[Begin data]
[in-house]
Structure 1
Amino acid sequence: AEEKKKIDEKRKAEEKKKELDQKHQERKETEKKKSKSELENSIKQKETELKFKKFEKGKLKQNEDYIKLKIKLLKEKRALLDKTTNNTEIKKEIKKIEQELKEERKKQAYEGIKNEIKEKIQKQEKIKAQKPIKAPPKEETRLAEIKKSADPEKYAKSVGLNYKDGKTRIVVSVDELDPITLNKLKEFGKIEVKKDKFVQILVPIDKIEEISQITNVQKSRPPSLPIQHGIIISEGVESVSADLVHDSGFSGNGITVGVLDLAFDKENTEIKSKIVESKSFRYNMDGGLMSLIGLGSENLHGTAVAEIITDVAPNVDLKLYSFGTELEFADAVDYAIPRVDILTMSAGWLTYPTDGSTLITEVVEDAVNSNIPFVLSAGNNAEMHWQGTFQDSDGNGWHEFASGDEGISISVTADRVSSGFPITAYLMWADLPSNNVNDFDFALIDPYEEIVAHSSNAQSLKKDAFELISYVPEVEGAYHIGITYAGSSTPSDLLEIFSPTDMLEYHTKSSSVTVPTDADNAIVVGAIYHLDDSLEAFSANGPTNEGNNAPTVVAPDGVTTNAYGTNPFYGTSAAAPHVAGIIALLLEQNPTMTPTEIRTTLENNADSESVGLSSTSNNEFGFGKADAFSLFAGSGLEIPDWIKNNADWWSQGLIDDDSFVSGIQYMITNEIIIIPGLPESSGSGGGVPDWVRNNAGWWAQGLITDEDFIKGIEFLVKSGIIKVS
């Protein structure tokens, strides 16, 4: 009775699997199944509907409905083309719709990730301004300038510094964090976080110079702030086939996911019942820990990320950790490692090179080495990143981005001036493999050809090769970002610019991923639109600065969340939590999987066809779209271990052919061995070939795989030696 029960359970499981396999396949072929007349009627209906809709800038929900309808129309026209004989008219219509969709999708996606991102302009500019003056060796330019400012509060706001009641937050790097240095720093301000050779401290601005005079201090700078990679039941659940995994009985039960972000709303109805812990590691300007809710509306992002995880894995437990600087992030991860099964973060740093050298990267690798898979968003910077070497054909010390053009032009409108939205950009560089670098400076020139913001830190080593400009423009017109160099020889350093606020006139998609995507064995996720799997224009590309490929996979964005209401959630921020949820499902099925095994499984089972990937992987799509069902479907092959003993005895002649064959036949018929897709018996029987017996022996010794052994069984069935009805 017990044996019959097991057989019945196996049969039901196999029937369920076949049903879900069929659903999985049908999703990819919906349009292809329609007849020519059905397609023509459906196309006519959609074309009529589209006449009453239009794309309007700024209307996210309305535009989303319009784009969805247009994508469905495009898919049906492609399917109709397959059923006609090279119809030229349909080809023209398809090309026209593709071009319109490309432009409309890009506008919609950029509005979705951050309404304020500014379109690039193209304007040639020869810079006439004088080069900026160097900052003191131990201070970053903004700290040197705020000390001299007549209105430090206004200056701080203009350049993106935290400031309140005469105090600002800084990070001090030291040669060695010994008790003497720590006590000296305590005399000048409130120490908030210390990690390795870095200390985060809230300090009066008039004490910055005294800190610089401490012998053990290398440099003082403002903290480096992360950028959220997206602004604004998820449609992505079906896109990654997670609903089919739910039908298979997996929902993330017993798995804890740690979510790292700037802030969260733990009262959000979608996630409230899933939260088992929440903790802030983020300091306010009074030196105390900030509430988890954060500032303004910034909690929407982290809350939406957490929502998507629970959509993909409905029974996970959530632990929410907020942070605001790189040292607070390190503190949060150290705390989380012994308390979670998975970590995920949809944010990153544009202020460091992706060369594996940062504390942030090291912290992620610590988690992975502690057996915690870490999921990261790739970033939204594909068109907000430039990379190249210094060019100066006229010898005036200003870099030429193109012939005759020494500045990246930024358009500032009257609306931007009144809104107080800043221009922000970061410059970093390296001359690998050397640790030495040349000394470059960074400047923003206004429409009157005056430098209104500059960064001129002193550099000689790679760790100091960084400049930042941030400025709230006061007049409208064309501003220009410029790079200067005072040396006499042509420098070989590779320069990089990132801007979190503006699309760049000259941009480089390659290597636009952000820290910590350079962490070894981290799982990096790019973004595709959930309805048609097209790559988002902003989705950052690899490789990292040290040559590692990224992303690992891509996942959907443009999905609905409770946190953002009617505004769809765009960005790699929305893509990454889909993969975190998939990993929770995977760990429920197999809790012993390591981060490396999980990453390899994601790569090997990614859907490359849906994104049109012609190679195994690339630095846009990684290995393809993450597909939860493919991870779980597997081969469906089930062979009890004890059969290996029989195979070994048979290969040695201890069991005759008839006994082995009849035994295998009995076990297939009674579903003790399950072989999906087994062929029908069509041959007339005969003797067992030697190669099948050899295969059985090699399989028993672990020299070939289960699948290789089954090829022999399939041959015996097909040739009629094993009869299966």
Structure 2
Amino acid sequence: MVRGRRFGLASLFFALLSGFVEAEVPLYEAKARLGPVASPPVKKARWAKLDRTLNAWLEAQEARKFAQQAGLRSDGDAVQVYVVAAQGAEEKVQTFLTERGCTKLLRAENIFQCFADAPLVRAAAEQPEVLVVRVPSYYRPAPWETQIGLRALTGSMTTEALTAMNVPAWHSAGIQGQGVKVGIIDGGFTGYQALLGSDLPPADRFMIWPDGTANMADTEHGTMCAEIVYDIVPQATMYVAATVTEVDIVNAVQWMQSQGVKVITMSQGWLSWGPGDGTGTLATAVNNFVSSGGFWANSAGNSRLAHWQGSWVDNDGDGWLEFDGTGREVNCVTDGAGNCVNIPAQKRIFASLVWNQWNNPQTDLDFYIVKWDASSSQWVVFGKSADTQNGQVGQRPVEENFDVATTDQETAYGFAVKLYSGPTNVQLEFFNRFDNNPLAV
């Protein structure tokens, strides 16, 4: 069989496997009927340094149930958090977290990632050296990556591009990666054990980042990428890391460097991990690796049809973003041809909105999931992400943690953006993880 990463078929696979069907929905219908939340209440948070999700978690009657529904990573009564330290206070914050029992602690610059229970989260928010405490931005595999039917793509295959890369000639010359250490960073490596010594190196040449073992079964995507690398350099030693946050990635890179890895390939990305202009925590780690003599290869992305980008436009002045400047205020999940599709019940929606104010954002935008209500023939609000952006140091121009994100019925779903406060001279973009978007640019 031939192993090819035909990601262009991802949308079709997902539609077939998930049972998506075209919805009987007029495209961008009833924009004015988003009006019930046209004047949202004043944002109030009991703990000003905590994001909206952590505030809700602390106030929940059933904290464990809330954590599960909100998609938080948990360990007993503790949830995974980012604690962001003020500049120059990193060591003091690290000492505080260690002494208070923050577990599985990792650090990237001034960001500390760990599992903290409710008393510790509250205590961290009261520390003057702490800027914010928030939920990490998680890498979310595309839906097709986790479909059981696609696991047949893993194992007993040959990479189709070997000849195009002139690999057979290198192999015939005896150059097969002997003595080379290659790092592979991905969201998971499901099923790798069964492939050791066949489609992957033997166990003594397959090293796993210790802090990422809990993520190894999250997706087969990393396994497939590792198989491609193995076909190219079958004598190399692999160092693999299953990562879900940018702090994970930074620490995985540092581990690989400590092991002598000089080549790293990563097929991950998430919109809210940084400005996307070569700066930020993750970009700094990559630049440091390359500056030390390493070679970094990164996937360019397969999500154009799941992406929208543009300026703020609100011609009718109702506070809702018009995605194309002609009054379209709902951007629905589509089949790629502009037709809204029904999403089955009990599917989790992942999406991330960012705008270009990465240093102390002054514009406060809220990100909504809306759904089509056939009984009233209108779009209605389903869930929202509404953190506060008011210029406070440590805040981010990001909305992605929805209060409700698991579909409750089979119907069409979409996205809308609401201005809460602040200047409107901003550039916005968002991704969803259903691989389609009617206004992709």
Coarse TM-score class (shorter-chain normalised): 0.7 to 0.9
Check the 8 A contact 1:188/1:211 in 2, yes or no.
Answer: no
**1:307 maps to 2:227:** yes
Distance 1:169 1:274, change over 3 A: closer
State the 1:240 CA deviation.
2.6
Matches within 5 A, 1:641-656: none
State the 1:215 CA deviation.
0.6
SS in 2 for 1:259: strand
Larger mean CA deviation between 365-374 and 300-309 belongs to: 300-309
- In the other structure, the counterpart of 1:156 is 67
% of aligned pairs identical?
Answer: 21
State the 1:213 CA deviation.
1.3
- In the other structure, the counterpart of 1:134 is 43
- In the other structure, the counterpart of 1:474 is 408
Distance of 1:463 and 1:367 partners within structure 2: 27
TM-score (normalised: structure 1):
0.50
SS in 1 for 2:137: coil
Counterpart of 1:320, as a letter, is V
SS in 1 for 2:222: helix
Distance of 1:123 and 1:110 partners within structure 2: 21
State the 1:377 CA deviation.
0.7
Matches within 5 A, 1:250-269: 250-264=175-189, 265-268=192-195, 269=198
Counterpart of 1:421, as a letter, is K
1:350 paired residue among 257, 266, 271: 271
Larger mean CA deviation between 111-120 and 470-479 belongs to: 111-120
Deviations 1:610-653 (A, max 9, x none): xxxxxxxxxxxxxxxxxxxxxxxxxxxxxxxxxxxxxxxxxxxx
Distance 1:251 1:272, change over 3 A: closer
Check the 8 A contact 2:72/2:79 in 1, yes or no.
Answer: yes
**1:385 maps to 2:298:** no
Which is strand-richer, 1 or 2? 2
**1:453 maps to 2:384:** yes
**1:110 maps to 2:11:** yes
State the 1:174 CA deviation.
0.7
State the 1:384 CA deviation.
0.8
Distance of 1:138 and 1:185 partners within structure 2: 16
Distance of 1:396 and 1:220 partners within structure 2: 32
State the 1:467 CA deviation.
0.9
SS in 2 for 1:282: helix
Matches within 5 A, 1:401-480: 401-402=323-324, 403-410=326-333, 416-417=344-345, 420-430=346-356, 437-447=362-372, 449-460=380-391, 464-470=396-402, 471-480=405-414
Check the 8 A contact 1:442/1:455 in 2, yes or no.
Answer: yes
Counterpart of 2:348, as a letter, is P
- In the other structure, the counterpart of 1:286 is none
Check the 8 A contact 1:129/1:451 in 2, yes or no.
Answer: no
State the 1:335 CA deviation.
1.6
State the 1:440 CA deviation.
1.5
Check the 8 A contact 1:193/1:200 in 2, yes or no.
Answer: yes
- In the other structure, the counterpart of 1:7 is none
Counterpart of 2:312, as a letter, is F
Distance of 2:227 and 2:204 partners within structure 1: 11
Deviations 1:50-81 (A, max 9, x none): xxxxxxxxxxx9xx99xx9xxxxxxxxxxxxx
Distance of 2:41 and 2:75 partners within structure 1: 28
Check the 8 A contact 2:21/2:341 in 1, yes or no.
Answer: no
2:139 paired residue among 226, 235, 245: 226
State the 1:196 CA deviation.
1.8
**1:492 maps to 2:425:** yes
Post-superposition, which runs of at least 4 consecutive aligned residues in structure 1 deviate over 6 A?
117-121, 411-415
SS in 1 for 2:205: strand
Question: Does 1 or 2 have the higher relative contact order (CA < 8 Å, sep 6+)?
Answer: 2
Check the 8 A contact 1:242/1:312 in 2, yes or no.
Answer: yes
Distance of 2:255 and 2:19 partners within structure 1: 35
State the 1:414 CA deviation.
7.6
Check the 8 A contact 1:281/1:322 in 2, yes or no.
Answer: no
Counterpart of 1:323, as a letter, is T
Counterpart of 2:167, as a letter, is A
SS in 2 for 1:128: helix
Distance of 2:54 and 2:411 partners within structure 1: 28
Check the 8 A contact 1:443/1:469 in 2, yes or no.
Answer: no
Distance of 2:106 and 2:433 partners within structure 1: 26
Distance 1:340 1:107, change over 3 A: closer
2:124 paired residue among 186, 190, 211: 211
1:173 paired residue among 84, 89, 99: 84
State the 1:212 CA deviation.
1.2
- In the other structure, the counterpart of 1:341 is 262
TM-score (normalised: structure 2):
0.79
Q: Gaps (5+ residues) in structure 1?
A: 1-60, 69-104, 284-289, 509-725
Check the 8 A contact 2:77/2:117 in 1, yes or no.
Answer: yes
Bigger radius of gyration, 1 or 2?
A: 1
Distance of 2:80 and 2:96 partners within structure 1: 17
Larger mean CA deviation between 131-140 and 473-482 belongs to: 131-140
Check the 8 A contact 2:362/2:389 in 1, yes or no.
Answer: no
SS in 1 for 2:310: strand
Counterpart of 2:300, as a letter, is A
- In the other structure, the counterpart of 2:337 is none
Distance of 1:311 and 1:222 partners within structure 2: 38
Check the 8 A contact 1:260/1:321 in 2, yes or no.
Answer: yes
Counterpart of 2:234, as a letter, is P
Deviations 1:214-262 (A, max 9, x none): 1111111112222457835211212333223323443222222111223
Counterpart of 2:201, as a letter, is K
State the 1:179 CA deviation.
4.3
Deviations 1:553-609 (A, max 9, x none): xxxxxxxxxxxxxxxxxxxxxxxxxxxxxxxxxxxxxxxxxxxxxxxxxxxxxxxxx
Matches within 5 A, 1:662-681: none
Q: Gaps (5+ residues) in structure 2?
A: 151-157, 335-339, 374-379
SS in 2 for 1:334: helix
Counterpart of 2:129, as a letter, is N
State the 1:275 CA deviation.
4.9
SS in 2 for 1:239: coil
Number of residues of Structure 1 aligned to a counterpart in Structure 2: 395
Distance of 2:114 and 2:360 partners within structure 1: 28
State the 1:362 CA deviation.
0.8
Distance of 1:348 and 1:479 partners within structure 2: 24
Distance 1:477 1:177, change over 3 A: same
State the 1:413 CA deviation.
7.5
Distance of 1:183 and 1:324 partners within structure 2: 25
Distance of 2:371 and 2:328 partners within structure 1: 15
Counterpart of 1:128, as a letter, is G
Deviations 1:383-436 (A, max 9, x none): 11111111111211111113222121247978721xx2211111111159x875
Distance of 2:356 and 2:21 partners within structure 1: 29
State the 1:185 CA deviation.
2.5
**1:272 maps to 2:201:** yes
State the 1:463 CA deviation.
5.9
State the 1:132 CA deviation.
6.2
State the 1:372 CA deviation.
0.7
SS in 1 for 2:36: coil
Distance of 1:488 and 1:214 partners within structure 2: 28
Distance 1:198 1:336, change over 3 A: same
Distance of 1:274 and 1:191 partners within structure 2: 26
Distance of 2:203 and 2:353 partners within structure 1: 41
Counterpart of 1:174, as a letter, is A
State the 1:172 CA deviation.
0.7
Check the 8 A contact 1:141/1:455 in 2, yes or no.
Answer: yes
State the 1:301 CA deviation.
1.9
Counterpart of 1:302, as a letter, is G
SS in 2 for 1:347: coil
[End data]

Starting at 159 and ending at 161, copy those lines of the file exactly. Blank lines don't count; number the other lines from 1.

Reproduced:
0.7
SS in 1 for 2:36: coil
Distance of 1:488 and 1:214 partners within structure 2: 28